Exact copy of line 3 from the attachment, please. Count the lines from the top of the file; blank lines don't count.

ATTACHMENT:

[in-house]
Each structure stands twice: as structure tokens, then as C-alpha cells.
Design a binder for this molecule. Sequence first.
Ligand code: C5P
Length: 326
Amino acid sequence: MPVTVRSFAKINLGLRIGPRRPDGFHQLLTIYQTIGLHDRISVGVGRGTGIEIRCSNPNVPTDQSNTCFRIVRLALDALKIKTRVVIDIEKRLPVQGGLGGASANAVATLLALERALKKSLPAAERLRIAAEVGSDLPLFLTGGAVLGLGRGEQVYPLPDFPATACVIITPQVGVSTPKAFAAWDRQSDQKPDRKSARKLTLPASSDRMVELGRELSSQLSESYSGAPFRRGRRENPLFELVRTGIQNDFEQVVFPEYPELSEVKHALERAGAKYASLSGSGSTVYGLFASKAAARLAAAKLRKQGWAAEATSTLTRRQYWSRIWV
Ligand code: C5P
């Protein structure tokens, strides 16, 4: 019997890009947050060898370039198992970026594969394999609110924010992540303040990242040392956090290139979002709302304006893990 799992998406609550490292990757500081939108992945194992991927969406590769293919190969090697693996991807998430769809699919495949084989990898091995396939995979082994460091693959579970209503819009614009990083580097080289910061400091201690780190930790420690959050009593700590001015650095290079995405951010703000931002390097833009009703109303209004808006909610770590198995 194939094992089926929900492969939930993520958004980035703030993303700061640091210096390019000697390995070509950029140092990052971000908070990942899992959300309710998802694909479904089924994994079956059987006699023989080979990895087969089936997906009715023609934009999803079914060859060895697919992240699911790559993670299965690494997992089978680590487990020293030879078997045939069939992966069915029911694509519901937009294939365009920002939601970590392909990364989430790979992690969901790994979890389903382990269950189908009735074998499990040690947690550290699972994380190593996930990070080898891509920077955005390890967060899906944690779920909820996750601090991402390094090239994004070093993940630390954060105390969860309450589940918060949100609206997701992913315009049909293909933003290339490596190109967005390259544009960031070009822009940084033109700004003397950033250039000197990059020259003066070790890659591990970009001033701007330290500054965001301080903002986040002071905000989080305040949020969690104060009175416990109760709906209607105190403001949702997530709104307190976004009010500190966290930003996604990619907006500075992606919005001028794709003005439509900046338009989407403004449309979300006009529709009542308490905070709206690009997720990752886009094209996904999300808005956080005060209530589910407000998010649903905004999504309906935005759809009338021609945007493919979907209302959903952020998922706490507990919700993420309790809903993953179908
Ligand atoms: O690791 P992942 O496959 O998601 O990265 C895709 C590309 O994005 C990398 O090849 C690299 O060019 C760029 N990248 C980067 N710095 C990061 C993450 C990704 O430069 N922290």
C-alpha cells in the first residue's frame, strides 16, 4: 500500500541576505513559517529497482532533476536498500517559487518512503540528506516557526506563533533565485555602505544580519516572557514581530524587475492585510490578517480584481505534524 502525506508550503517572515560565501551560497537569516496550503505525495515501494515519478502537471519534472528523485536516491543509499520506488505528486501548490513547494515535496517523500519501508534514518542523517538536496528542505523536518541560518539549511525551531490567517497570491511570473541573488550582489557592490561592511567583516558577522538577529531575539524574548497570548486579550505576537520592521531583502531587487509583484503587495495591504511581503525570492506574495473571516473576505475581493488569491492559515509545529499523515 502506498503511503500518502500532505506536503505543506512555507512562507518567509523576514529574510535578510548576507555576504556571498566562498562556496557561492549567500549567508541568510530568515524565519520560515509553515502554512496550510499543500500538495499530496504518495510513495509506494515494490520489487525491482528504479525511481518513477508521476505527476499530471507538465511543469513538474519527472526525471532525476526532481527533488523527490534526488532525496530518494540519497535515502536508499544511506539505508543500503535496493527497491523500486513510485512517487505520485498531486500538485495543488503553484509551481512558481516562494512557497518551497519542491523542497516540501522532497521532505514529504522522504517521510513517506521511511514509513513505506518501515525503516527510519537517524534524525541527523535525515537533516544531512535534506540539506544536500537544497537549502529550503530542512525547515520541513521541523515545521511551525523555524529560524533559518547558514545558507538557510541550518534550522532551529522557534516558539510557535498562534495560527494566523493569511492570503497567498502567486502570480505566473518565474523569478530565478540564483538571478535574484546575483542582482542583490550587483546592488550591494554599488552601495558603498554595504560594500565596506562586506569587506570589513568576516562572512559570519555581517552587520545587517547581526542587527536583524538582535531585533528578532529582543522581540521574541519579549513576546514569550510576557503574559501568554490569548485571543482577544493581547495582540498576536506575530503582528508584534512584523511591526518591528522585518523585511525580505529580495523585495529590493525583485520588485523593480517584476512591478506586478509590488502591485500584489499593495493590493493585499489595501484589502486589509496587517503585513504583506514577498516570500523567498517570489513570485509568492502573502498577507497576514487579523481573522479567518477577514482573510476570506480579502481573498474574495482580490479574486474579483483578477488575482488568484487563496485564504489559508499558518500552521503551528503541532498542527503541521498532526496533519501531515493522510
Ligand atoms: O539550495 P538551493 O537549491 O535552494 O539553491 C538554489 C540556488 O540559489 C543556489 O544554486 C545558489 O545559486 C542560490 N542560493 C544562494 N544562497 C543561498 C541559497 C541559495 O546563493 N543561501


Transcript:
Design a binder for this molecule. Sequence first.